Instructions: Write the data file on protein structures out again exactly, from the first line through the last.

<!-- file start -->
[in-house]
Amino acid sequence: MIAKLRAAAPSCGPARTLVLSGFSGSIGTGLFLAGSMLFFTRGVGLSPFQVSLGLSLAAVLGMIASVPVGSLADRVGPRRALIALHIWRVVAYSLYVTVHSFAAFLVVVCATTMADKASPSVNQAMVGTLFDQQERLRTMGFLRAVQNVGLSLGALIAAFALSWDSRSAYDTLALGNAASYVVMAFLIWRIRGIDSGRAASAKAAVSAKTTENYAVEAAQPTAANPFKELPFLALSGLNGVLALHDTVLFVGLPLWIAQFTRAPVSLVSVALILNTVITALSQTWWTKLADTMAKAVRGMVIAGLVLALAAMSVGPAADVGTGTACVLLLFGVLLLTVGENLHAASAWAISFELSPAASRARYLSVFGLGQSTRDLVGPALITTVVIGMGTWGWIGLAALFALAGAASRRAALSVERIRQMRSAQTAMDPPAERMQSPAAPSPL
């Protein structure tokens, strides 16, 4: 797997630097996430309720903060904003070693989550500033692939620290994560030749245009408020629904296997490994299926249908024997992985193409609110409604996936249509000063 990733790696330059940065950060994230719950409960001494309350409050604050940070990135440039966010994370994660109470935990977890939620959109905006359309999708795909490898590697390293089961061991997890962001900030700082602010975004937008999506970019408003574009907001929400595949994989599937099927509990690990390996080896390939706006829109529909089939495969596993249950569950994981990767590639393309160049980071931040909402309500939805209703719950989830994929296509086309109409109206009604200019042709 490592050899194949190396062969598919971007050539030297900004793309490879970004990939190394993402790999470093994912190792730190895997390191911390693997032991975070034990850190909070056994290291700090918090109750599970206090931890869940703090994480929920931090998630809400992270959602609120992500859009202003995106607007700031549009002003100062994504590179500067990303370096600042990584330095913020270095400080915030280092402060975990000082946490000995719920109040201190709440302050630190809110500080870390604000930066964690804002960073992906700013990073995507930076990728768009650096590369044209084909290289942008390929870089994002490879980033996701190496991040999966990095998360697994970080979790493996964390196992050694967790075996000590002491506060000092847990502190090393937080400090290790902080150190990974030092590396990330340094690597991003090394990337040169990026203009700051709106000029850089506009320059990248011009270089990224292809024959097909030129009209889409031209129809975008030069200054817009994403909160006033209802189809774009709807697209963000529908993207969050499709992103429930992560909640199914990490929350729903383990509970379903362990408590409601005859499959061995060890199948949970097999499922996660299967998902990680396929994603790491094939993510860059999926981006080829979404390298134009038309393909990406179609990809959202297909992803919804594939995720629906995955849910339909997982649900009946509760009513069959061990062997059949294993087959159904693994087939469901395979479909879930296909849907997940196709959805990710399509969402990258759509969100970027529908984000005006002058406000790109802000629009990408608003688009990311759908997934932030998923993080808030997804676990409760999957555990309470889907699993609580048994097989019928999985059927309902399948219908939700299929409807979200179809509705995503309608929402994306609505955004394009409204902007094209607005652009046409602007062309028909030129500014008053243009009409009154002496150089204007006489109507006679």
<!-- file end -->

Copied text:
[in-house]
Amino acid sequence: MIAKLRAAAPSCGPARTLVLSGFSGSIGTGLFLAGSMLFFTRGVGLSPFQVSLGLSLAAVLGMIASVPVGSLADRVGPRRALIALHIWRVVAYSLYVTVHSFAAFLVVVCATTMADKASPSVNQAMVGTLFDQQERLRTMGFLRAVQNVGLSLGALIAAFALSWDSRSAYDTLALGNAASYVVMAFLIWRIRGIDSGRAASAKAAVSAKTTENYAVEAAQPTAANPFKELPFLALSGLNGVLALHDTVLFVGLPLWIAQFTRAPVSLVSVALILNTVITALSQTWWTKLADTMAKAVRGMVIAGLVLALAAMSVGPAADVGTGTACVLLLFGVLLLTVGENLHAASAWAISFELSPAASRARYLSVFGLGQSTRDLVGPALITTVVIGMGTWGWIGLAALFALAGAASRRAALSVERIRQMRSAQTAMDPPAERMQSPAAPSPL
């Protein structure tokens, strides 16, 4: 797997630097996430309720903060904003070693989550500033692939620290994560030749245009408020629904296997490994299926249908024997992985193409609110409604996936249509000063 990733790696330059940065950060994230719950409960001494309350409050604050940070990135440039966010994370994660109470935990977890939620959109905006359309999708795909490898590697390293089961061991997890962001900030700082602010975004937008999506970019408003574009907001929400595949994989599937099927509990690990390996080896390939706006829109529909089939495969596993249950569950994981990767590639393309160049980071931040909402309500939805209703719950989830994929296509086309109409109206009604200019042709 490592050899194949190396062969598919971007050539030297900004793309490879970004990939190394993402790999470093994912190792730190895997390191911390693997032991975070034990850190909070056994290291700090918090109750599970206090931890869940703090994480929920931090998630809400992270959602609120992500859009202003995106607007700031549009002003100062994504590179500067990303370096600042990584330095913020270095400080915030280092402060975990000082946490000995719920109040201190709440302050630190809110500080870390604000930066964690804002960073992906700013990073995507930076990728768009650096590369044209084909290289942008390929870089994002490879980033996701190496991040999966990095998360697994970080979790493996964390196992050694967790075996000590002491506060000092847990502190090393937080400090290790902080150190990974030092590396990330340094690597991003090394990337040169990026203009700051709106000029850089506009320059990248011009270089990224292809024959097909030129009209889409031209129809975008030069200054817009994403909160006033209802189809774009709807697209963000529908993207969050499709992103429930992560909640199914990490929350729903383990509970379903362990408590409601005859499959061995060890199948949970097999499922996660299967998902990680396929994603790491094939993510860059999926981006080829979404390298134009038309393909990406179609990809959202297909992803919804594939995720629906995955849910339909997982649900009946509760009513069959061990062997059949294993087959159904693994087939469901395979479909879930296909849907997940196709959805990710399509969402990258759509969100970027529908984000005006002058406000790109802000629009990408608003688009990311759908997934932030998923993080808030997804676990409760999957555990309470889907699993609580048994097989019928999985059927309902399948219908939700299929409807979200179809509705995503309608929402994306609505955004394009409204902007094209607005652009046409602007062309028909030129500014008053243009009409009154002496150089204007006489109507006679």